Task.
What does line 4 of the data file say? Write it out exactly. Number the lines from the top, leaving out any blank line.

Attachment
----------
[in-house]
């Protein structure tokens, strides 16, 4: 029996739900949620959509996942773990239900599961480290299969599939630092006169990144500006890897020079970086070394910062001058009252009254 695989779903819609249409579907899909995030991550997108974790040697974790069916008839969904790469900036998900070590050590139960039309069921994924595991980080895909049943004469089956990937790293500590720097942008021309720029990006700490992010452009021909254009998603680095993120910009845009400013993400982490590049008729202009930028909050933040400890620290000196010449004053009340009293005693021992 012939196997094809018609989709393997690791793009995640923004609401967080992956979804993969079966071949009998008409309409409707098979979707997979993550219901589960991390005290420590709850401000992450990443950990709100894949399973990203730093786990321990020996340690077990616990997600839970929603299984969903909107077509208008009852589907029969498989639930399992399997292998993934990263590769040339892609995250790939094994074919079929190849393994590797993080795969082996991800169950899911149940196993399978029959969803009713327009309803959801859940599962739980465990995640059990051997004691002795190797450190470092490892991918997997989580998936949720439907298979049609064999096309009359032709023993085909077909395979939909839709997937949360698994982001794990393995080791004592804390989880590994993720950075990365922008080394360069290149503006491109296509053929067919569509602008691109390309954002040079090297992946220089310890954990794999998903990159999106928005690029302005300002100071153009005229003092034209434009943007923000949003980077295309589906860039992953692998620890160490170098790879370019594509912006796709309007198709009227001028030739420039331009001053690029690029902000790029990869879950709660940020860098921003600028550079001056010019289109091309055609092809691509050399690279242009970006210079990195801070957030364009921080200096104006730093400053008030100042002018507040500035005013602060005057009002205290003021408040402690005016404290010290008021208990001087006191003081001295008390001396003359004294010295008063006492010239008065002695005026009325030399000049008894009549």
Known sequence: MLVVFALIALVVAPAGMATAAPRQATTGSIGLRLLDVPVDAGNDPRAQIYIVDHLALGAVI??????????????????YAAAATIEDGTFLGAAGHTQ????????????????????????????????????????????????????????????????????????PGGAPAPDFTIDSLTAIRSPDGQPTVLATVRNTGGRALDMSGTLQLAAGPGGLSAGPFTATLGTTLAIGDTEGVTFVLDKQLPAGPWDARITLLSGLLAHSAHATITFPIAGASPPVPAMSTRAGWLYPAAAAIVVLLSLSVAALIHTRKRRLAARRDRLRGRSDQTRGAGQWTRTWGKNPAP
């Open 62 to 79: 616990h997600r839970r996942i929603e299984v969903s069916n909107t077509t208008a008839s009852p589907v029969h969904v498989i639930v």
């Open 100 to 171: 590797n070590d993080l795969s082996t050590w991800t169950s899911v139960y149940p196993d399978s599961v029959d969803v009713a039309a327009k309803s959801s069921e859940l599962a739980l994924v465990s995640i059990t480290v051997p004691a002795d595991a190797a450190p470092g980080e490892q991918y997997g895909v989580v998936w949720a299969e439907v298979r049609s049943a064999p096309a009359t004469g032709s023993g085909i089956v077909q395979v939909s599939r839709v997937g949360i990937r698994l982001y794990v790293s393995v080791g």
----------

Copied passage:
């Open 62 to 79: 616990h997600r839970r996942i929603e299984v969903s069916n909107t077509t208008a008839s009852p589907v029969h969904v498989i639930v």